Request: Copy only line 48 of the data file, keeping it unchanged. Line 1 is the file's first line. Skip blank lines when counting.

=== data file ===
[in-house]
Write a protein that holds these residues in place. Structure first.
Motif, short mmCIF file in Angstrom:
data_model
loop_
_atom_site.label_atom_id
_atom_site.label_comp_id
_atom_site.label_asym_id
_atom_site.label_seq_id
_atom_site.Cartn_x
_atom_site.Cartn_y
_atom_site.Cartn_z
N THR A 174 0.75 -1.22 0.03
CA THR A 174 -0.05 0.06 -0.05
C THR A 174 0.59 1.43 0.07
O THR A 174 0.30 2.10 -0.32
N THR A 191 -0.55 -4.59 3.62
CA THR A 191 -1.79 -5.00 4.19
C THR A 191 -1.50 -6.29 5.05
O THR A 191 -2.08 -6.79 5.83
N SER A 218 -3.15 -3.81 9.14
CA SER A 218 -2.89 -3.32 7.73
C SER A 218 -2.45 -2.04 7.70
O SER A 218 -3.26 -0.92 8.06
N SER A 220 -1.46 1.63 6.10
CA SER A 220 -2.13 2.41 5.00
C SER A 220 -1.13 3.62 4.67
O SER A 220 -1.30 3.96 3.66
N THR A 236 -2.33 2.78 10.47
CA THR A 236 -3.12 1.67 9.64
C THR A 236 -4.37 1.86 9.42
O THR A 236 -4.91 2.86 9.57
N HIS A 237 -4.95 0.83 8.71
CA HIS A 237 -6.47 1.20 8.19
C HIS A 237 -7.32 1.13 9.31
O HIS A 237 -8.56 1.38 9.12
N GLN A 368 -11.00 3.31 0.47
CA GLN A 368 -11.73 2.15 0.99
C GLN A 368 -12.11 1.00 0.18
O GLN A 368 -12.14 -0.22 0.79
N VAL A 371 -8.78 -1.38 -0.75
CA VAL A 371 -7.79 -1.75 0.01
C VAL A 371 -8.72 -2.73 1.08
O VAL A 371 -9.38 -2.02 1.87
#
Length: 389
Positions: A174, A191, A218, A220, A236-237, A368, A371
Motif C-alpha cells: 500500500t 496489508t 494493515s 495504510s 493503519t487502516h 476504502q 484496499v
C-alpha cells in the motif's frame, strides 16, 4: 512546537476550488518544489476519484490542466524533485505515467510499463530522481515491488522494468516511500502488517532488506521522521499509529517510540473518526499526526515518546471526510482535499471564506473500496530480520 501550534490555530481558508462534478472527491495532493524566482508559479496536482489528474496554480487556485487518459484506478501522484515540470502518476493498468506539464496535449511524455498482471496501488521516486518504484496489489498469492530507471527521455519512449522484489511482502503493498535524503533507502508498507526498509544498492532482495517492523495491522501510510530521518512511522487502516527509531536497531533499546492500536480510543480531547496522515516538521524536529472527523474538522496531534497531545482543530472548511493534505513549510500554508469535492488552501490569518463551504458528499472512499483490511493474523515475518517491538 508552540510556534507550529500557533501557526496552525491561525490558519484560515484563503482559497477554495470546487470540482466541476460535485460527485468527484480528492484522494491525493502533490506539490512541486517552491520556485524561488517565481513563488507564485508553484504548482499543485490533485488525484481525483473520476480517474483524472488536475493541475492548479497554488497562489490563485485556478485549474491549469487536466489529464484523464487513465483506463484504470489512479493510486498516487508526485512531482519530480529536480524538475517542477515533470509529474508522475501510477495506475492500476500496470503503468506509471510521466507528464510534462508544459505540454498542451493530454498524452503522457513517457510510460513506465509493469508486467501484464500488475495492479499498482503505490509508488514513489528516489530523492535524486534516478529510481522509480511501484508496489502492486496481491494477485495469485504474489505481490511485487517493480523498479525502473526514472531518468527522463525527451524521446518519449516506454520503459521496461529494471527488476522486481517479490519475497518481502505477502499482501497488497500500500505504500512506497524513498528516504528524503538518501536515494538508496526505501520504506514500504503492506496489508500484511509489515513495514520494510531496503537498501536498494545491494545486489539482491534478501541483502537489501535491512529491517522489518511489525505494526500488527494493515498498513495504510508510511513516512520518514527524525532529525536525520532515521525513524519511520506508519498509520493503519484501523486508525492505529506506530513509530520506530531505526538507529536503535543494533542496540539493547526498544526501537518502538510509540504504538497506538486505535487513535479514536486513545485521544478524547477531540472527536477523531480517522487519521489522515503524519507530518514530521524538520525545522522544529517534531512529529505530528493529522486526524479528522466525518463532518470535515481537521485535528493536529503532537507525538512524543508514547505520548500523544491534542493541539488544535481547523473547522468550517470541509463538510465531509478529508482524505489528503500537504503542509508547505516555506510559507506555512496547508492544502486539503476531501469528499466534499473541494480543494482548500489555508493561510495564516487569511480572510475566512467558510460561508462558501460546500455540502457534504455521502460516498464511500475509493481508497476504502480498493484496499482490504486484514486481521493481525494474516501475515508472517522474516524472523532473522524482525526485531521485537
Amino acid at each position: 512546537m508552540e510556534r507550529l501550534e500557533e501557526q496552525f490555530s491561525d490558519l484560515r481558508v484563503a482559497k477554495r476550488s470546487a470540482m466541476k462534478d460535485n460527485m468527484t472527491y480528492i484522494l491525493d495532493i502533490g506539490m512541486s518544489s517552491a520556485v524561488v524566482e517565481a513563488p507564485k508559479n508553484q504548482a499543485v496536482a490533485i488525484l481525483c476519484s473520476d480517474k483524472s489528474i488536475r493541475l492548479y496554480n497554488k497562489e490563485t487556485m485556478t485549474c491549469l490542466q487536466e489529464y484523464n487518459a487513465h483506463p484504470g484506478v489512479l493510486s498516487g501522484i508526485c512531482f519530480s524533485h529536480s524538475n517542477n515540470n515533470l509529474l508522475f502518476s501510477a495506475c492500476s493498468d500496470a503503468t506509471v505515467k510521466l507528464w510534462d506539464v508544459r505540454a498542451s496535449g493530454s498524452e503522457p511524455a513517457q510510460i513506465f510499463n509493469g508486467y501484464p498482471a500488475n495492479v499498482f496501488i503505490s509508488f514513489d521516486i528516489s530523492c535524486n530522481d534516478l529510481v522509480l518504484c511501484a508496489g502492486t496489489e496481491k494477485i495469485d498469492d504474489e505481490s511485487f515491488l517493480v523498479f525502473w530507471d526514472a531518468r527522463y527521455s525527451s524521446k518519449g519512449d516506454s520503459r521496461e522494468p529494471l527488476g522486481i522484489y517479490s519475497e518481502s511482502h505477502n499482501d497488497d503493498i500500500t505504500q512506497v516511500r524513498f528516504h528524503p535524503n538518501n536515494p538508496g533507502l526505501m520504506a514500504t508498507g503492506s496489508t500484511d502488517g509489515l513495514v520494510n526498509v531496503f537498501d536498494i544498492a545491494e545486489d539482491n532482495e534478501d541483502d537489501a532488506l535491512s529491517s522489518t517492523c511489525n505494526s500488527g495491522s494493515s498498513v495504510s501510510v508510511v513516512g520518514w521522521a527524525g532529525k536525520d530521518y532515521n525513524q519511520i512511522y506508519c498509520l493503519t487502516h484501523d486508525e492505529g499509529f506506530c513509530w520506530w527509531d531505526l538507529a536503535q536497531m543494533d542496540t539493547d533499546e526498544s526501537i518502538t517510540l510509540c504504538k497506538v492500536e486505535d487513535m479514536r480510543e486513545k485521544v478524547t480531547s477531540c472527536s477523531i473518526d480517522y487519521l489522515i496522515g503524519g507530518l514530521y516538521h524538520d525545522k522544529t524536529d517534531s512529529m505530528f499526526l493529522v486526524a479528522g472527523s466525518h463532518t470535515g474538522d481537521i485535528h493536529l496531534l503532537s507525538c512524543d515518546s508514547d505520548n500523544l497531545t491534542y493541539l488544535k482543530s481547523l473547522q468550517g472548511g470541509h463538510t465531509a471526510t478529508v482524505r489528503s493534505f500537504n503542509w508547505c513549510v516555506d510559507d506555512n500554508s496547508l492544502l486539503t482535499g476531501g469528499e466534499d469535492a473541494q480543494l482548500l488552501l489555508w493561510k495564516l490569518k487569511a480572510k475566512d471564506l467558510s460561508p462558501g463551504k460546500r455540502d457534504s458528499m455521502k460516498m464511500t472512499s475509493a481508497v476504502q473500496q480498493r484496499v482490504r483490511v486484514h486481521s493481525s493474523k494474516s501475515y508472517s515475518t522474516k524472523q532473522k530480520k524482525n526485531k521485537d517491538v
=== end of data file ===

Motif C-alpha cells: 500500500t 496489508t 494493515s 495504510s 493503519t487502516h 476504502q 484496499v